Mental Health Rx Gets Go-Ahead

Vraylar (cariprazine), from Allergan and Gedeon Richter, approved to treat bipolar disorder, schizophrenia

(RxWiki News) A newly approved medication could help some patients with serious mental health disorders.

The US Food and Drug Administration (FDA) today approved Vraylar (cariprazine) to treat schizophrenia and bipolar disorder. The oral, once-daily medication is marketed by Allergan and Gedeon Richter.

Bipolar disorder is a mental health condition marked by dramatic swings in mood and activity levels. Schizophrenia is a disorder in which patients often have hallucinations, delusions, and erratic speech and behavior. According to an Allergan press release, these disorders affect over 3.6 million and 2.6 million Americans, respectively.

“Schizophrenia and bipolar disorder can be disabling and can greatly interfere with day-to-day activities,” said Mitchell Mathis, MD, director of the Division of Psychiatry Products in the FDA’s Center for Drug Evaluation and Research, in an FDA press release. “It is important to have a variety of treatment options available to patients with mental illnesses so that treatment plans can be tailored to meet a patient’s individual needs.”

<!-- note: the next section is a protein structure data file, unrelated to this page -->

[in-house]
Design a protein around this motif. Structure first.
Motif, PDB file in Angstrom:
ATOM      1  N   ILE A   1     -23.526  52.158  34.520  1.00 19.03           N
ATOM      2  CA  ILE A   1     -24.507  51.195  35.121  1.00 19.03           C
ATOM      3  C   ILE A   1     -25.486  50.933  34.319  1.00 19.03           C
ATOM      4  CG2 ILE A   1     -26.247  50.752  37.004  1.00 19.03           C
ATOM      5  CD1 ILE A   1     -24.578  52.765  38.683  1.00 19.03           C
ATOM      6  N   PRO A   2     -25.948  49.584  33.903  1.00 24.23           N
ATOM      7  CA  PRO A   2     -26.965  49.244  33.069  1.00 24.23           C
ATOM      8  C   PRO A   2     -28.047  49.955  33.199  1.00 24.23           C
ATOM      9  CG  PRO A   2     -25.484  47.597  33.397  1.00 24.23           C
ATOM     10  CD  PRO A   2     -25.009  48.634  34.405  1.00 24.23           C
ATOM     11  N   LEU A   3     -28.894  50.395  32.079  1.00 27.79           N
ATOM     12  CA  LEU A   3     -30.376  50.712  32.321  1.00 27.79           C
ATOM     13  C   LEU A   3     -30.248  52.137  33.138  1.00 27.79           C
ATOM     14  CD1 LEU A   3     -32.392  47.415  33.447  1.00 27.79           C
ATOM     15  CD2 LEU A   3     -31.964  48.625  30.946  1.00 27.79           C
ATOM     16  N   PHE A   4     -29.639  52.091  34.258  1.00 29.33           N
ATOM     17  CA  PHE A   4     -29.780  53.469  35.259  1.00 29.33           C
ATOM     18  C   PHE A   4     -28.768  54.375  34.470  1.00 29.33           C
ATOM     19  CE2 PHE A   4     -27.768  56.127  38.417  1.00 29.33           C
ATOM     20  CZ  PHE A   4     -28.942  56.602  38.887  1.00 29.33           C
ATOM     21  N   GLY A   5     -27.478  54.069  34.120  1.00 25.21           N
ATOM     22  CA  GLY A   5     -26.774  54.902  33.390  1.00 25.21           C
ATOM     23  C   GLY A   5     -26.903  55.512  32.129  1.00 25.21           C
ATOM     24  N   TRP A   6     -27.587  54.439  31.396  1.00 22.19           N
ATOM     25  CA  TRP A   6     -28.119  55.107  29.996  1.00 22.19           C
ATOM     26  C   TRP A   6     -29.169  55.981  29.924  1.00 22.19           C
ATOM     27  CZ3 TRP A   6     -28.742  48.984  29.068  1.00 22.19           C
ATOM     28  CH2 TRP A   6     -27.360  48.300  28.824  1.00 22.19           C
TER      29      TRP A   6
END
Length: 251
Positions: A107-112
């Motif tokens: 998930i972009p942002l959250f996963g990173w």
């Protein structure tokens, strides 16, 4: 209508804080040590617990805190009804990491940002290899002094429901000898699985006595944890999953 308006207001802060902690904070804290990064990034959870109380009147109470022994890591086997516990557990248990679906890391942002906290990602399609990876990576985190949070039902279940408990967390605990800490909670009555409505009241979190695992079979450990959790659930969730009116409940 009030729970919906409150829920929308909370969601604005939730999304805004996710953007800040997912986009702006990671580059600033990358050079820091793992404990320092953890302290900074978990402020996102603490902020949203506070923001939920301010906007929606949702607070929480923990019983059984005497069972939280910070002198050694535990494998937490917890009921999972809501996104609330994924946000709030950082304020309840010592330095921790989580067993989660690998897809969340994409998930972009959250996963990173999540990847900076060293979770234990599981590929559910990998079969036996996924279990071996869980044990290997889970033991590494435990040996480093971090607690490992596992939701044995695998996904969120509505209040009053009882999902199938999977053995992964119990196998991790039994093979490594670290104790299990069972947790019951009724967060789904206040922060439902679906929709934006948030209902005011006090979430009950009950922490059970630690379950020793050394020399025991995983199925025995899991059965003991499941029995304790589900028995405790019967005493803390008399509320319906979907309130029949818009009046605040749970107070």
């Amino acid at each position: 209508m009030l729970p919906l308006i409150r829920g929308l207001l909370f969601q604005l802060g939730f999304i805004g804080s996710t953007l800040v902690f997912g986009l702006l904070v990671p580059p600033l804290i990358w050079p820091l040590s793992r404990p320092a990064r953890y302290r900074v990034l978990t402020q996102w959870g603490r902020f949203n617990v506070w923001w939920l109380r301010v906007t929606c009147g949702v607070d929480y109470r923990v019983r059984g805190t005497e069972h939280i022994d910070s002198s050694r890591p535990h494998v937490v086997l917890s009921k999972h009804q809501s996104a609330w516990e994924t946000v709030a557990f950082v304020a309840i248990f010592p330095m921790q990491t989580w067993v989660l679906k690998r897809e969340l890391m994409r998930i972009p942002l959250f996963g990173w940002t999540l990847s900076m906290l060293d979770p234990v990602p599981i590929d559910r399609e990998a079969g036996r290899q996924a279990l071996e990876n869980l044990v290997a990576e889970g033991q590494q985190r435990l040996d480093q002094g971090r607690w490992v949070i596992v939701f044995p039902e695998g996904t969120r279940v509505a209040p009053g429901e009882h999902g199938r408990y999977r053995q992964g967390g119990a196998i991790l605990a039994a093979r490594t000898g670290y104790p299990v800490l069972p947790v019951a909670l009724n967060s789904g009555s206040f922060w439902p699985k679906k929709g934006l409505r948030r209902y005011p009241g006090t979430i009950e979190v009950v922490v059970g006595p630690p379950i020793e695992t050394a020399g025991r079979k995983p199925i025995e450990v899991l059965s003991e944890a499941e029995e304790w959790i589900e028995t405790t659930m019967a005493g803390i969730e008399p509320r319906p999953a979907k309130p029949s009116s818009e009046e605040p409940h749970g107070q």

The FDA approved Vraylar, an atypical antipsychotic drug, to treat these conditions based on data from six studies — three of which looked at bipolar disorder patients and three of which looked at schizophrenia patients. Altogether, these studies included over 2,700 patients.

Vraylar appeared to improve symptoms for both bipolar disorder and schizophrenia patients. Side effects reported by bipolar patients included agitation, vomiting, trouble with movement, indigestion and tiredness. For schizophrenia patients, Vraylar's side effects included agitation and trouble with movement.

Like other schizophrenia and bipolar disorder drugs, Vraylar carries a boxed warning. This warning indicates that elderly patients with psychosis tied to dementia have an increased risk of dying while taking this drug. Vraylar is not approved to treat these patients, the FDA noted.

Review Date: 
September 17, 2015